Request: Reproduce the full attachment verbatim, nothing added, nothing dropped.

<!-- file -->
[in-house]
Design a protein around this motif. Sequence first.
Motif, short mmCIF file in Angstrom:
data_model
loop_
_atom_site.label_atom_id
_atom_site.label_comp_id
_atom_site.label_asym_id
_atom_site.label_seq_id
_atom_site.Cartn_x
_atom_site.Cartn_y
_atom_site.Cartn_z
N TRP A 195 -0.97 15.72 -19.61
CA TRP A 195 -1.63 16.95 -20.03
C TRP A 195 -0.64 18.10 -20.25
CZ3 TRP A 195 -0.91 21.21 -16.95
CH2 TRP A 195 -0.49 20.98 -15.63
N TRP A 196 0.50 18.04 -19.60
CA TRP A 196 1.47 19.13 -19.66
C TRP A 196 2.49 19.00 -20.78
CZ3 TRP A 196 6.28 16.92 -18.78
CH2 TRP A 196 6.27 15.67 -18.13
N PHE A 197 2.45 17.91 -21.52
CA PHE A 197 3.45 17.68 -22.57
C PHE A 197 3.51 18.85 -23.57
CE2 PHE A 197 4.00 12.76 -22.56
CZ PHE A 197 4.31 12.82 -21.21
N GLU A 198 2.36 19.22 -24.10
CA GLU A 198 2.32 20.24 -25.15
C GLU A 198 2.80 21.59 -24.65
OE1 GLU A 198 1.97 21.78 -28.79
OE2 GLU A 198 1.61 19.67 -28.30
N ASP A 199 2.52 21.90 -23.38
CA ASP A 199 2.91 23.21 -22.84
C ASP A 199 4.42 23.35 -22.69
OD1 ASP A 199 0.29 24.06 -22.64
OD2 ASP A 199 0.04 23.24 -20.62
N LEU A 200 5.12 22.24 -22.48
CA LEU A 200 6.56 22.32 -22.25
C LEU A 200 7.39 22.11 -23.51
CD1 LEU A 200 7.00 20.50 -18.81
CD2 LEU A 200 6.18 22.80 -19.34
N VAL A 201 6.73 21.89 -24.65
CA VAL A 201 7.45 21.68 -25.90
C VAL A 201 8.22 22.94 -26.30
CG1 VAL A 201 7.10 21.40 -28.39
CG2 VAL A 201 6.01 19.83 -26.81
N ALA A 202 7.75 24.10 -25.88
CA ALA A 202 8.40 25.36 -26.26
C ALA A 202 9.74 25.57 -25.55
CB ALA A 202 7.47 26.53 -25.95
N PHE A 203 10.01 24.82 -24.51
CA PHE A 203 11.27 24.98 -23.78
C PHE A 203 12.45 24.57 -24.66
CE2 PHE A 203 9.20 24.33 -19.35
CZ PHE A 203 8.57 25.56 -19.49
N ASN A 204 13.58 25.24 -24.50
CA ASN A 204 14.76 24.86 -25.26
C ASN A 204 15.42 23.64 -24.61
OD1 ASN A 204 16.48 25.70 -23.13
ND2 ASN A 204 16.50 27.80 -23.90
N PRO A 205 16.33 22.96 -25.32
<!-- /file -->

[in-house]
Design a protein around this motif. Sequence first.
Motif, short mmCIF file in Angstrom:
data_model
loop_
_atom_site.label_atom_id
_atom_site.label_comp_id
_atom_site.label_asym_id
_atom_site.label_seq_id
_atom_site.Cartn_x
_atom_site.Cartn_y
_atom_site.Cartn_z
N TRP A 195 -0.97 15.72 -19.61
CA TRP A 195 -1.63 16.95 -20.03
C TRP A 195 -0.64 18.10 -20.25
CZ3 TRP A 195 -0.91 21.21 -16.95
CH2 TRP A 195 -0.49 20.98 -15.63
N TRP A 196 0.50 18.04 -19.60
CA TRP A 196 1.47 19.13 -19.66
C TRP A 196 2.49 19.00 -20.78
CZ3 TRP A 196 6.28 16.92 -18.78
CH2 TRP A 196 6.27 15.67 -18.13
N PHE A 197 2.45 17.91 -21.52
CA PHE A 197 3.45 17.68 -22.57
C PHE A 197 3.51 18.85 -23.57
CE2 PHE A 197 4.00 12.76 -22.56
CZ PHE A 197 4.31 12.82 -21.21
N GLU A 198 2.36 19.22 -24.10
CA GLU A 198 2.32 20.24 -25.15
C GLU A 198 2.80 21.59 -24.65
OE1 GLU A 198 1.97 21.78 -28.79
OE2 GLU A 198 1.61 19.67 -28.30
N ASP A 199 2.52 21.90 -23.38
CA ASP A 199 2.91 23.21 -22.84
C ASP A 199 4.42 23.35 -22.69
OD1 ASP A 199 0.29 24.06 -22.64
OD2 ASP A 199 0.04 23.24 -20.62
N LEU A 200 5.12 22.24 -22.48
CA LEU A 200 6.56 22.32 -22.25
C LEU A 200 7.39 22.11 -23.51
CD1 LEU A 200 7.00 20.50 -18.81
CD2 LEU A 200 6.18 22.80 -19.34
N VAL A 201 6.73 21.89 -24.65
CA VAL A 201 7.45 21.68 -25.90
C VAL A 201 8.22 22.94 -26.30
CG1 VAL A 201 7.10 21.40 -28.39
CG2 VAL A 201 6.01 19.83 -26.81
N ALA A 202 7.75 24.10 -25.88
CA ALA A 202 8.40 25.36 -26.26
C ALA A 202 9.74 25.57 -25.55
CB ALA A 202 7.47 26.53 -25.95
N PHE A 203 10.01 24.82 -24.51
CA PHE A 203 11.27 24.98 -23.78
C PHE A 203 12.45 24.57 -24.66
CE2 PHE A 203 9.20 24.33 -19.35
CZ PHE A 203 8.57 25.56 -19.49
N ASN A 204 13.58 25.24 -24.50
CA ASN A 204 14.76 24.86 -25.26
C ASN A 204 15.42 23.64 -24.61
OD1 ASN A 204 16.48 25.70 -23.13
ND2 ASN A 204 16.50 27.80 -23.90
N PRO A 205 16.33 22.96 -25.32